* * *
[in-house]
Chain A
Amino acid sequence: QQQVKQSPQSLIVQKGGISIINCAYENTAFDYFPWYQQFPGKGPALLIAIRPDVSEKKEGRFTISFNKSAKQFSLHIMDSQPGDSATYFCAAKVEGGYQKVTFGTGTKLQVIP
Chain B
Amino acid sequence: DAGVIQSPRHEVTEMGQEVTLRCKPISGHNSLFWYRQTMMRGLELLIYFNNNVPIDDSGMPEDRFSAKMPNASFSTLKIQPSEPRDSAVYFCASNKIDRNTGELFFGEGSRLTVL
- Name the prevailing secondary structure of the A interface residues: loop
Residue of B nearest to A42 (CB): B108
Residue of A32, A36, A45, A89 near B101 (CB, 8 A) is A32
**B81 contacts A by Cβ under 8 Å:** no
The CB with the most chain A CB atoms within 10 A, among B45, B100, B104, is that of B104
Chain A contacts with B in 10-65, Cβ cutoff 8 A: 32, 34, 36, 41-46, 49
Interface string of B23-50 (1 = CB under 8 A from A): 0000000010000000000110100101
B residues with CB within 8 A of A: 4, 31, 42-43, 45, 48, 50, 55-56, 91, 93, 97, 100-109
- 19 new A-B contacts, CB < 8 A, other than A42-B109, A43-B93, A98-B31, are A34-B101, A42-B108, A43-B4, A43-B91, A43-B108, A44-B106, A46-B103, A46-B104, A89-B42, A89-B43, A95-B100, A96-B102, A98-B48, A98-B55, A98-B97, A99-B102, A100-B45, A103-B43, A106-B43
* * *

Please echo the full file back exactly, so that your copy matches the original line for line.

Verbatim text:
[in-house]
Chain A
Amino acid sequence: QQQVKQSPQSLIVQKGGISIINCAYENTAFDYFPWYQQFPGKGPALLIAIRPDVSEKKEGRFTISFNKSAKQFSLHIMDSQPGDSATYFCAAKVEGGYQKVTFGTGTKLQVIP
Chain B
Amino acid sequence: DAGVIQSPRHEVTEMGQEVTLRCKPISGHNSLFWYRQTMMRGLELLIYFNNNVPIDDSGMPEDRFSAKMPNASFSTLKIQPSEPRDSAVYFCASNKIDRNTGELFFGEGSRLTVL
- Name the prevailing secondary structure of the A interface residues: loop
Residue of B nearest to A42 (CB): B108
Residue of A32, A36, A45, A89 near B101 (CB, 8 A) is A32
**B81 contacts A by Cβ under 8 Å:** no
The CB with the most chain A CB atoms within 10 A, among B45, B100, B104, is that of B104
Chain A contacts with B in 10-65, Cβ cutoff 8 A: 32, 34, 36, 41-46, 49
Interface string of B23-50 (1 = CB under 8 A from A): 0000000010000000000110100101
B residues with CB within 8 A of A: 4, 31, 42-43, 45, 48, 50, 55-56, 91, 93, 97, 100-109
- 19 new A-B contacts, CB < 8 A, other than A42-B109, A43-B93, A98-B31, are A34-B101, A42-B108, A43-B4, A43-B91, A43-B108, A44-B106, A46-B103, A46-B104, A89-B42, A89-B43, A95-B100, A96-B102, A98-B48, A98-B55, A98-B97, A99-B102, A100-B45, A103-B43, A106-B43